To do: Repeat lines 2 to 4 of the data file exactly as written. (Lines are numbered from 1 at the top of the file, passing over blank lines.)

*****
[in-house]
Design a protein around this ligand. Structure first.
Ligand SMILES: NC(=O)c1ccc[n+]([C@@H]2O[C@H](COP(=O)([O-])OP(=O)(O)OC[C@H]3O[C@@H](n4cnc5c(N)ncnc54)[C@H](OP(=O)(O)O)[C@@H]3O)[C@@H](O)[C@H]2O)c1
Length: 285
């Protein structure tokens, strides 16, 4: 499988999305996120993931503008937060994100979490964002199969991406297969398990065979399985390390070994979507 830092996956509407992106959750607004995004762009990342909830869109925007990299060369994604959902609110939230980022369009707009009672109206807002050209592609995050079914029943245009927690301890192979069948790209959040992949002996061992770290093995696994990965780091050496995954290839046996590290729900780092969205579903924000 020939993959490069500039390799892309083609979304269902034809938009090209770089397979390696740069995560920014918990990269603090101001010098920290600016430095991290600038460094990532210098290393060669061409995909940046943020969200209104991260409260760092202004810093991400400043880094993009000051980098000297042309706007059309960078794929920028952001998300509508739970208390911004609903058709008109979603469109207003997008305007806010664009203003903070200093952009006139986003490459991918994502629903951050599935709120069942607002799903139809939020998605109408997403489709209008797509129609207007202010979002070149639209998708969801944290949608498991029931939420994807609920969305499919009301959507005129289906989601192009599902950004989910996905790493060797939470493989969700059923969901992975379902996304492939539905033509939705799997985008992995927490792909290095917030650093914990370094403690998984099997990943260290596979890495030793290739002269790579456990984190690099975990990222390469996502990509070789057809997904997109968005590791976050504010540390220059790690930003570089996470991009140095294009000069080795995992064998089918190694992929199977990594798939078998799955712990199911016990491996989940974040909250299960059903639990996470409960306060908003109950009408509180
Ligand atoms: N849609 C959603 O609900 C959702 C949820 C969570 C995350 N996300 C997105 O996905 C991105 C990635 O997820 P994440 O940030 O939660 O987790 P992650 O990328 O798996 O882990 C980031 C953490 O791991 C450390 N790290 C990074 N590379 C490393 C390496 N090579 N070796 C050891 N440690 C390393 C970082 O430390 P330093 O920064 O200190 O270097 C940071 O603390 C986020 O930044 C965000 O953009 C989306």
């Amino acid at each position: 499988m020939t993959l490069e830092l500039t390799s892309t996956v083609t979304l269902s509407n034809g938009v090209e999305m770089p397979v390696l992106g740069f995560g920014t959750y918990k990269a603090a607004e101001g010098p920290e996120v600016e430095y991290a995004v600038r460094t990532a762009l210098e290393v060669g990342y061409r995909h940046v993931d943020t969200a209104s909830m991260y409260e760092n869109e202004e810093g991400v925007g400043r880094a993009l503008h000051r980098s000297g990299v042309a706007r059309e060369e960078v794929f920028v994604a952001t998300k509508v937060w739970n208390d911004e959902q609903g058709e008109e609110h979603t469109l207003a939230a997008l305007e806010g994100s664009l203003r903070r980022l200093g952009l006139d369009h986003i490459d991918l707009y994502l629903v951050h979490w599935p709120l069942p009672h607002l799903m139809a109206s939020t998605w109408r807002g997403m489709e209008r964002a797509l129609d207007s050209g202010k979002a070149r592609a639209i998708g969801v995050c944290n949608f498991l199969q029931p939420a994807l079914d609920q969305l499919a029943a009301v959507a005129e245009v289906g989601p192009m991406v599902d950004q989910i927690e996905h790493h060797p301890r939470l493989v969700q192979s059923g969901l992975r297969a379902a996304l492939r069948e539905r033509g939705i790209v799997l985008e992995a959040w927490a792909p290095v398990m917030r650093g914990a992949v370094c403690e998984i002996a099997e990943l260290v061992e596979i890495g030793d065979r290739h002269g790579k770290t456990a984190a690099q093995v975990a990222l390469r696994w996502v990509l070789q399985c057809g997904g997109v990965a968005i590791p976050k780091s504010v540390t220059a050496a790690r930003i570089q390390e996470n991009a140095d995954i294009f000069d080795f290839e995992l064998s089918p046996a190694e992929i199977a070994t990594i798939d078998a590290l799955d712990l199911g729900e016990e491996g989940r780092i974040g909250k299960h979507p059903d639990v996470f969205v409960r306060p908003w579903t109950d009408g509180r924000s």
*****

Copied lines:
Design a protein around this ligand. Structure first.
Ligand SMILES: NC(=O)c1ccc[n+]([C@@H]2O[C@H](COP(=O)([O-])OP(=O)(O)OC[C@H]3O[C@@H](n4cnc5c(N)ncnc54)[C@H](OP(=O)(O)O)[C@@H]3O)[C@@H](O)[C@H]2O)c1
Length: 285